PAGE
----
The Best of Notable Quotables; December 25, 1989
Table of Contents:
- Executive Summary
- Silliest Analysis
- Good News Is Bad News
- The Economy
- Blame America First
- Media Hero
- Foreign Affairs
- Joe Isuzu
- Damn Conservatives
- American Politics
- Most Honest Confession
- Real Ronald Reagan
- Real Jimmy Carter
- No Agenda Here
- Walter Mondale Award
- Most Insane Comparison
- Quote of the Year
Media Hero Award
"A testament to courage: the courage of some unabashed trade unionists and civil rights workers, Leftists and yes, American Communists, who fought for principles that we now take for granted."
-- Endorsement of Carl
Bernstein’s book Loyalties, from Ted Koppel.
"Ralph Nader is a legend, perhaps the only universally recognized symbol of pure honesty and clean energy left in a culture that, after being shot through with greed, cynicism and weariness, is oddly proud of its hardened self. Two decades after he slew General Motors, Nader, the young dynamo who could not be bought, is a reminder of what we once hoped to be."
-- Washington Post Magazine writer Marc Fisher, July 23.
"What does realistic mean with Mr. Gorbachev any more? We used to know what realism was in world affairs, but we have a Soviet leader as bold as we, I think, have ever seen, and a man who seems to be some kind of dreamer. He dreams new dreams. I think he’s saying ‘Match me in boldness and we’ll create a new world.’"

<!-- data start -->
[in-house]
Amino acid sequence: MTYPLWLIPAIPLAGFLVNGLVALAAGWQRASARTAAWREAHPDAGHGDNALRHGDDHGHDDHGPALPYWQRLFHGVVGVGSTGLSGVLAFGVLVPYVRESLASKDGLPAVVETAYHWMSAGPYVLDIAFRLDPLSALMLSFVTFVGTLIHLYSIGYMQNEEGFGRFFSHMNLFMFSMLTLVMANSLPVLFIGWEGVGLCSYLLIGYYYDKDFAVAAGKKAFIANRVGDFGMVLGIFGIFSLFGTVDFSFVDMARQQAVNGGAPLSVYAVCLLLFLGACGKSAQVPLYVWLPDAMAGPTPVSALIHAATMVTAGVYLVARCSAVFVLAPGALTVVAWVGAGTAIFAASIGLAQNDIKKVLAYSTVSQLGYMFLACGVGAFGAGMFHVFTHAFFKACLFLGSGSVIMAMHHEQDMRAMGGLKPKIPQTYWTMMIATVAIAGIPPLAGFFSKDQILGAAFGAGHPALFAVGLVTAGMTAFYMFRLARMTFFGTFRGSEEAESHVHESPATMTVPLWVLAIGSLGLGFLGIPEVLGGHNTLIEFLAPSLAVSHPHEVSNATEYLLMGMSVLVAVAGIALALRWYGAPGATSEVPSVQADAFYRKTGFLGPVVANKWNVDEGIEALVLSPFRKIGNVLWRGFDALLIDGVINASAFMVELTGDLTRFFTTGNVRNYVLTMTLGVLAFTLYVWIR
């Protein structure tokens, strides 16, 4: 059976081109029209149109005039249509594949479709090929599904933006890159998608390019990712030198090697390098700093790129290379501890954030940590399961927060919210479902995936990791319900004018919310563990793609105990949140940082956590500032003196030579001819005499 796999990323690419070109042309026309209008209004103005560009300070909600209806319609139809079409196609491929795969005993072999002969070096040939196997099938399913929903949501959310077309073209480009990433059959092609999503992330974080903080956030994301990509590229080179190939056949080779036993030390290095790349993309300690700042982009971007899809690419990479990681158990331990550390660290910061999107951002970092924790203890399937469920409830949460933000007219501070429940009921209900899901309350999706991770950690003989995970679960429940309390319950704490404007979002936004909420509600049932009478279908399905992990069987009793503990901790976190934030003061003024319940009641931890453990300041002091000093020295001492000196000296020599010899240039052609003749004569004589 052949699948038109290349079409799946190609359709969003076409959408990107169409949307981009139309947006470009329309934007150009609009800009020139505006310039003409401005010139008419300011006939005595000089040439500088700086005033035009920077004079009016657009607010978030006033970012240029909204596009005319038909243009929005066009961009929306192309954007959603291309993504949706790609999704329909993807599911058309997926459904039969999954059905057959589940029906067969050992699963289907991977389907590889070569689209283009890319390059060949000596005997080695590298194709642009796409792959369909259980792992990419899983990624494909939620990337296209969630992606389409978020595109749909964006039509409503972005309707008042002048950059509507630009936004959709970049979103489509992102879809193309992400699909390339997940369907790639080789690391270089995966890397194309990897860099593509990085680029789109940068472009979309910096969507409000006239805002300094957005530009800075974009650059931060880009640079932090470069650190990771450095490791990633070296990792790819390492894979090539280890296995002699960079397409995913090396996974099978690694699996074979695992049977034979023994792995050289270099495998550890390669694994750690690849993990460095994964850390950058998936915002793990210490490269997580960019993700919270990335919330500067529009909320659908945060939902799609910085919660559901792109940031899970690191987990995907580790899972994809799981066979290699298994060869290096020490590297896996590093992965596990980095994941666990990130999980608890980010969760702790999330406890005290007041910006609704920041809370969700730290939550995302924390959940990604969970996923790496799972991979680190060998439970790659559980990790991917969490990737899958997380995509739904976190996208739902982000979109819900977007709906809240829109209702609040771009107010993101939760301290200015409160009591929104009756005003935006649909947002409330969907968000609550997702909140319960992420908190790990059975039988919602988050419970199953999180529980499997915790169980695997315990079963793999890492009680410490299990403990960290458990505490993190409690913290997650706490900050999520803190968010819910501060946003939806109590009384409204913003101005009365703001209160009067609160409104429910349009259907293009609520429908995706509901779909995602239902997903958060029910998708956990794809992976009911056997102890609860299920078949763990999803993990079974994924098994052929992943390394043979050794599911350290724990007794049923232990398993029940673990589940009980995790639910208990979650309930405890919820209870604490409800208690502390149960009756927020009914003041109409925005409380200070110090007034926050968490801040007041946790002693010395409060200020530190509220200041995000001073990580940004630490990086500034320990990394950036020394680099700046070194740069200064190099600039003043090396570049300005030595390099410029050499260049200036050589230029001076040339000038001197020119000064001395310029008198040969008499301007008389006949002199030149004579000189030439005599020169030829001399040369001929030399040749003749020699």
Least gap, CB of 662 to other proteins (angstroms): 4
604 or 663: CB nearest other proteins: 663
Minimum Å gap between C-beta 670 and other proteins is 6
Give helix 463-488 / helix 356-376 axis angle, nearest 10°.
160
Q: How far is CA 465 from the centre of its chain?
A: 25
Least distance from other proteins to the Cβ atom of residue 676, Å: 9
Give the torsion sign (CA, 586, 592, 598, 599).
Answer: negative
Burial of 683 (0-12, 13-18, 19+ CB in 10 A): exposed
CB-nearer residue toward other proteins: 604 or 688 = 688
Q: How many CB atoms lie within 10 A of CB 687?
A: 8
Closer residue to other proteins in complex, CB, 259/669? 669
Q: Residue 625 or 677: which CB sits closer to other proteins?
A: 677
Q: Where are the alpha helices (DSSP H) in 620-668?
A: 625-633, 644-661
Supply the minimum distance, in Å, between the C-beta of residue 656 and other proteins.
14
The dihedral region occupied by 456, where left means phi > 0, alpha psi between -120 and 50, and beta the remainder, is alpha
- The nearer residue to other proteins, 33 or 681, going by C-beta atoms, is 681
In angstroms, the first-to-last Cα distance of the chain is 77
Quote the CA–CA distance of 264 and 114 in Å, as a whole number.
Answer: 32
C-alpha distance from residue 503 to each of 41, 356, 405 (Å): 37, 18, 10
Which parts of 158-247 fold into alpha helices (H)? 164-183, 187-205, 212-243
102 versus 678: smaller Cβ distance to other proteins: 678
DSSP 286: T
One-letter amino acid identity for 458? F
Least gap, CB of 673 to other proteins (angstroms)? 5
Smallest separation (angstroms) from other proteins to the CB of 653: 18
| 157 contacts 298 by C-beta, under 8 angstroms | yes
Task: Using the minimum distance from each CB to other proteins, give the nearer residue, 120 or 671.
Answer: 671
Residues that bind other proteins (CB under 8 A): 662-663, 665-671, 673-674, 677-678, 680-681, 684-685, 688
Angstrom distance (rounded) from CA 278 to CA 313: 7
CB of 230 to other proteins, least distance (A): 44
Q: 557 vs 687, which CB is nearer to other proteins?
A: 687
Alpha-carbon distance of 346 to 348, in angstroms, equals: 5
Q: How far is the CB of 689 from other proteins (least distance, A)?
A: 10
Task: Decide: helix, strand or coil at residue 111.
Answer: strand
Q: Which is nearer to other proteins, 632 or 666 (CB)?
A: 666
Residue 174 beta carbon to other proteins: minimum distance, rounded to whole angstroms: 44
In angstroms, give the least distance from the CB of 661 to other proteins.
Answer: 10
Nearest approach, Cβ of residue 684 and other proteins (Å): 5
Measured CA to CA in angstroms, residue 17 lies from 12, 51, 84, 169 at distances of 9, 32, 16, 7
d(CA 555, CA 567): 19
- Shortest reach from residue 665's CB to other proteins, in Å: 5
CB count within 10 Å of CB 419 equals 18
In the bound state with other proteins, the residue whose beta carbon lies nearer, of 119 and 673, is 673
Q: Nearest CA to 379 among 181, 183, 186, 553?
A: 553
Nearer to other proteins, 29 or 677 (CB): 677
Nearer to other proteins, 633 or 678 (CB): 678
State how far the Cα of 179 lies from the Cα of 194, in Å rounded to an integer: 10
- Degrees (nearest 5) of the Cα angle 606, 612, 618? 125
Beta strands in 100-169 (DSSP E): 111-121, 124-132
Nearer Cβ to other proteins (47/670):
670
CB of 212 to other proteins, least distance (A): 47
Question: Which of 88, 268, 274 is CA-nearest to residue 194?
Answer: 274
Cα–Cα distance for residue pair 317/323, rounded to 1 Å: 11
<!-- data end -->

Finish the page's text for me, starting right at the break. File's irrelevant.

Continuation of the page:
-- "CBS News consultant" Stephen Cohen
on the CBS Evening News, October 24.
"He [George Mitchell] talks about the record of legislation the Senate Democrats are building, the substantive progress on issues from oil spills to rural development, which so often gets overlooked in the day-to-day political analysis of ‘up or down, winner or loser.’ His logic is crisp, unassailable, his manner far removed from the thrust and parry of contemporary politics. He is the soul of judiciousness, highminded in his concern for governance. But some in his party would like for a bit more of the street fighter."
-- Reporter Robin Toner in The New York Times, October
"For Gorbachev at the end of four years, it is the best of times, it is the worst of times. There was triumph at the Moscow summit, when cold warrior Ronald Reagan said the Evil Empire belonged to a time now past. Bittersweet triumph when the Soviet troops came home from Afghanistan. The Soviets did not win, but Gorbachev did. He had the courage to end Soviet involvement."
-- CBS reporter Barry Petersen on the March 11 Evening News.